Our Top Twitter Tips are 4 years old today, and to celebrate, we've completely re-written and revised them for 2015. The previous tips were viewed over 30,000 times before we took them down. We hope that many more will find the new version just as useful!
How can Twitter enhance the impact of your research?
Twitter is one of the most powerful social media platforms for academics, given the number of highly focussed and influential networks of people who use it. Effective use of Twitter doesn't just amplify your research, it enables conversations to take place about it. This can enrich your research and enable you to make a far greater impact:
You can use Twitter to get feedback on new research ideas, so that you can reframe them to be more relevant to the people who might use your findings
You can get insights into the way that likely users of your research are talking about the topics you're working on - the kind of language they're using and the sorts of things they're most interested in. These sorts of insights can be invaluable when you need to start communicating your findings
You can be the first to find out about news and events related to your research, and you can link your own work to what's happening, making it more likely that your work is picked up and debated
An increasing number of researchers are finding out about funding via Twitter. You can also identify collaborators for grant proposals, who already trust to be a good team member through your online interactions with them. You can find out about funding that you might not have come across through your institution, especially linked to industry, which can help generate impacts from research
As we've blogged recently, more and more researchers are using Twitter to crowd-fund parts of their research. The benefits of additional funding are often dwarfed by the power of an effective crowd-funding campaign to reach out to new audiences about your research.
Why aren't you seeing these benefits?
So how do you get all these great impacts social media? Perhaps you've been on Twitter for months or even years now, and you've still got a small and very slow-growing following, which doesn't give you any of these benefits? If that's the case, then you've probably not been using Twitter strategically for impact. That's why we created these top tips.
We've drawn these tips from our experience managing three Twitter accounts in particular:
@fasttrackimpact - our own Twitter account, which arose from the knowledge exchange research we conducted in a UK Research Council funded project that concluded in 2012 (formerly @SustainLearning)
@IUCNpeat - a Twitter account which arose from the science side of the same research project. The IUCN's UK Peatland Programme pursued the legacy of the project and rather than starting its own Twitter account, given the overlap in audience, we re-branded @reluuplands as @IUCNpeat in 2015
@seed_ball - a Twitter account for a product that arose from another research project, and grew into a global business supporting four staff within 2 years, marketed solely via Twitter.
Our Top Twitter Tips for Research Impact
Tweet yourself, your projects and your institution
In addition to your personal Twitter profile, consider opening accounts for some of your research groups or projects. Each of your research projects is likely to have a different focus, and you’re probably a member of more than one group or institution in your University that doesn’t have a Twitter account. A project Twitter account is an easy addition to your next “Pathways to Impact” statement when you’re applying for funding, and some sort of engagement with social media is increasingly expected by reviewers.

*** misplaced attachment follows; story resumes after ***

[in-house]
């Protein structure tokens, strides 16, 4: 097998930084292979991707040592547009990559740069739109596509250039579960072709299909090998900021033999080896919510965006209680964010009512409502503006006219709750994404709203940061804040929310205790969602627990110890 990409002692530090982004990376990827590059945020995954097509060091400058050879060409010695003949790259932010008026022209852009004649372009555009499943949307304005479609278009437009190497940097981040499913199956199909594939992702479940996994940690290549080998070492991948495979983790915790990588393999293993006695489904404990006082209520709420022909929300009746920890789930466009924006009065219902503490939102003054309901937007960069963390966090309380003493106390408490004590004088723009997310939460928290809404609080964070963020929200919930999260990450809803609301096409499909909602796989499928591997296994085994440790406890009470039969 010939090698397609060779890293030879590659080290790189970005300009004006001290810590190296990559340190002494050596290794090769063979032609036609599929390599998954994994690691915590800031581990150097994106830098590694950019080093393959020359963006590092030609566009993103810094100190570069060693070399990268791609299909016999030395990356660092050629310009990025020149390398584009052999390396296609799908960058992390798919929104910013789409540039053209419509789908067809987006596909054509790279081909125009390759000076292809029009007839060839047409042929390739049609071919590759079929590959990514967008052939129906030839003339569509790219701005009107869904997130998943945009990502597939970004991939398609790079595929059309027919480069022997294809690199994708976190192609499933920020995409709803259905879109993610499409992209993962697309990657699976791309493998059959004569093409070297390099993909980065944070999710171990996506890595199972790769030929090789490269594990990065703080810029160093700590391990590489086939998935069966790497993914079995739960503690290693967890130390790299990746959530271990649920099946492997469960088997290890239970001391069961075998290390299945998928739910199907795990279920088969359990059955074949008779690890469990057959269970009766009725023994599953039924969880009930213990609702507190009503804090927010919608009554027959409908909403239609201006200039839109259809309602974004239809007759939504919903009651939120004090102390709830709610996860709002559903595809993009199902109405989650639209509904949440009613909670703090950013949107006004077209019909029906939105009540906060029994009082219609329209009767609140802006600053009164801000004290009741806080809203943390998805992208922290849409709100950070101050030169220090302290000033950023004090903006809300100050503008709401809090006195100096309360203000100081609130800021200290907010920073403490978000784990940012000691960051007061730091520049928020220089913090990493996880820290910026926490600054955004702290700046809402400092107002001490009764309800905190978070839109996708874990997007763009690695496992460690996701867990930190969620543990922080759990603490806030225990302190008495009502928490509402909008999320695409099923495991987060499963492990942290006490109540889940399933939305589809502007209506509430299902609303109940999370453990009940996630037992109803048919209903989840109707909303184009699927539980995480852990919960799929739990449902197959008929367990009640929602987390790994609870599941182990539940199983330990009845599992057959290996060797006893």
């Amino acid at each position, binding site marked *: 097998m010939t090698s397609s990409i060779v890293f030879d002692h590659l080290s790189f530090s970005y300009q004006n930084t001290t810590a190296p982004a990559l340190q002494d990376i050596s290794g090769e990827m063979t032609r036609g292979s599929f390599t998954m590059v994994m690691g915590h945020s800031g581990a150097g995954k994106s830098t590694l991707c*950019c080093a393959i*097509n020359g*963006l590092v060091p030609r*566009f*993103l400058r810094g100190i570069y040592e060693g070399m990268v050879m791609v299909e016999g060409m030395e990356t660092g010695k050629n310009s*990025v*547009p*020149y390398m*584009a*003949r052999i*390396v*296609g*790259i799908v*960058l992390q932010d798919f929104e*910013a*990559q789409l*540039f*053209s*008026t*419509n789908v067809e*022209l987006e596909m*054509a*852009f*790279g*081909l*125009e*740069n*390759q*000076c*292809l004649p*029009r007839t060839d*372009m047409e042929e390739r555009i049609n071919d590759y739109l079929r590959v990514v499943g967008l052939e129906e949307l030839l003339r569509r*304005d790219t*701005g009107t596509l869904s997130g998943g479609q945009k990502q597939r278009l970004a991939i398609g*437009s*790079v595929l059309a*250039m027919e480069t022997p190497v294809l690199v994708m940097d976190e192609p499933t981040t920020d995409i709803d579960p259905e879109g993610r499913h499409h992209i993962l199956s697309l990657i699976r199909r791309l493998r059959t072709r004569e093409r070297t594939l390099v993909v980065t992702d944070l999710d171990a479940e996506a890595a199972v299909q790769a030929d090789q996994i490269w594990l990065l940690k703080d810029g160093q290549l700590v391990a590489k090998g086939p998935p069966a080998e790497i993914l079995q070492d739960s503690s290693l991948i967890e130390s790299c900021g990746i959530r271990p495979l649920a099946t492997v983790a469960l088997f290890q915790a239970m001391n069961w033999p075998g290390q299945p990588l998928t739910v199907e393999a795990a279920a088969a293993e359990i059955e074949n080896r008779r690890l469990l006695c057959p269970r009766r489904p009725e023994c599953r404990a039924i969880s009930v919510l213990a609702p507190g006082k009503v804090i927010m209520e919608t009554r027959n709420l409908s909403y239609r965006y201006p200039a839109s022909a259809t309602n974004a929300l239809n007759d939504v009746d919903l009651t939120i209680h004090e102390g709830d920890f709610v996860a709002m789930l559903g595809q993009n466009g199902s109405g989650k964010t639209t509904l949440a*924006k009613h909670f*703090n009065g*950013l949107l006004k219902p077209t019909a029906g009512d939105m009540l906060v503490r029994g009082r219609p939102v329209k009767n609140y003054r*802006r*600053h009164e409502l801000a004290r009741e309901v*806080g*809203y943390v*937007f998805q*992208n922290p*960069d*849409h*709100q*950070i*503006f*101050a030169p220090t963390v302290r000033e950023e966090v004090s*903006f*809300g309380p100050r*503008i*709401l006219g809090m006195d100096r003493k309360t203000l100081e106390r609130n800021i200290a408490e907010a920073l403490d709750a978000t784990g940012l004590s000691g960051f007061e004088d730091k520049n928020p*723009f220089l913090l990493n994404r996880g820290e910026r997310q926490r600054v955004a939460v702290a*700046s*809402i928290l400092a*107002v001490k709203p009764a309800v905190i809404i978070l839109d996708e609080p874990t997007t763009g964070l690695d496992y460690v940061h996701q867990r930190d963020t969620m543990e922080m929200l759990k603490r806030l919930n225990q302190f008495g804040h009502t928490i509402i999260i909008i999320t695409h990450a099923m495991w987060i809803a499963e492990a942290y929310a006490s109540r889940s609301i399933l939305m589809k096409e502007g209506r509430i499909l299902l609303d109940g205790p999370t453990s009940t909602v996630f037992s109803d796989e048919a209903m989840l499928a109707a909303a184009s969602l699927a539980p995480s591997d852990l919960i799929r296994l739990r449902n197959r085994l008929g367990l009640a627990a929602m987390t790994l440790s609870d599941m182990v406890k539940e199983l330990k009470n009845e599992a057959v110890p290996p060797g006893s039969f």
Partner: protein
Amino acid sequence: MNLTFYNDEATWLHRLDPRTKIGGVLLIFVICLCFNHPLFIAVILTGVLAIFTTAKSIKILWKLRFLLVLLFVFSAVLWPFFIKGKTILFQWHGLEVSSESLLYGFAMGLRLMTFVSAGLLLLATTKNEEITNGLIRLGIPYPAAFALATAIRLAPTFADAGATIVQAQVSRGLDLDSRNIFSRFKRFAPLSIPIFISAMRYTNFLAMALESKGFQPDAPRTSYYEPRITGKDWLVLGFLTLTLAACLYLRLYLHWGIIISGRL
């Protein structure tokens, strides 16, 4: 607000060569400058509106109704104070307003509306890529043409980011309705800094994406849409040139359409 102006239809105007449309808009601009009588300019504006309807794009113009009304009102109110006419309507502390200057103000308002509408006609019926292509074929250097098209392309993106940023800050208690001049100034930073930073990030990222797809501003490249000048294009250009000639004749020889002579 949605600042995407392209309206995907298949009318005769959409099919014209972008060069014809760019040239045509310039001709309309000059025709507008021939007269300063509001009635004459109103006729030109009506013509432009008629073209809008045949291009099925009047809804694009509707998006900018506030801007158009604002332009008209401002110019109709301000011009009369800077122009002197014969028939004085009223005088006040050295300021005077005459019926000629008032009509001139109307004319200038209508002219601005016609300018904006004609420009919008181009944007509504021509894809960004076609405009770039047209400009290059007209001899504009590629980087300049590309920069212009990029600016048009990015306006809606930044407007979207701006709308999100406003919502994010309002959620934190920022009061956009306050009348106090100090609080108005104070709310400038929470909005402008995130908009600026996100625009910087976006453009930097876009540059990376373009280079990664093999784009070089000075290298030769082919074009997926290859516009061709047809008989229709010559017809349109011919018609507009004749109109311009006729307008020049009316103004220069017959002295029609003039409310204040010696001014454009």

Opening an institutional account will usually need to be a group decision. If everyone agrees, others can either send you material to tweet or you can give everyone the Twitter username and password to tweet themselves (if so, you’ll need to agree on the nature of material you want posted, or it may be easier to decide on the things you want to avoid).
Open accounts for major research projects that will be going for a few years, and that you hope will have some form of successor project in future (so you’ve got time to build a following and don’t have too many accounts to manage). Again, the burden doesn’t have to be entirely yours – it can be delegated to a post-doc and shared with other team members. Other ideas you might want to consider:
Link to your Twitter feed from your project/institution homepage, and include the link in newsletters, presentations and consider putting it in your email signature
Every time you do a conference/workshop/seminar presentation, put your slides online (e.g. using SlideShare) and tweet them
Every time you get a paper published, tweet the link to the article on the publisher’s website (if it’s not open access, consider adding that you can send copies if need be). If you can get permission, upload a copy on ResearchGate or similar and tweet the link
Tweet quotes from speakers at conferences you attend, using the conference hashtag (make one up if there isn’t one), to connect with other delegates and make them aware of your work
Set up Science Direct (or something similar) and Google News and Google Scholar alerts for key words and authors that are particularly relevant to your work, so you can be the first to let your followers know about new developments linked to your shared interests
When you’ve got a tweet that’s of much wider, general interest, you can re-tweet it from your other project/institutional accounts, to reach a much larger audience than you could ever command from your personal account or one project
Next time you’re revising your website, why not consider adding buttons to enable readers to share what they’re reading via Twitter and other social media platforms?
Don’t just wait for people to find you: actively promote you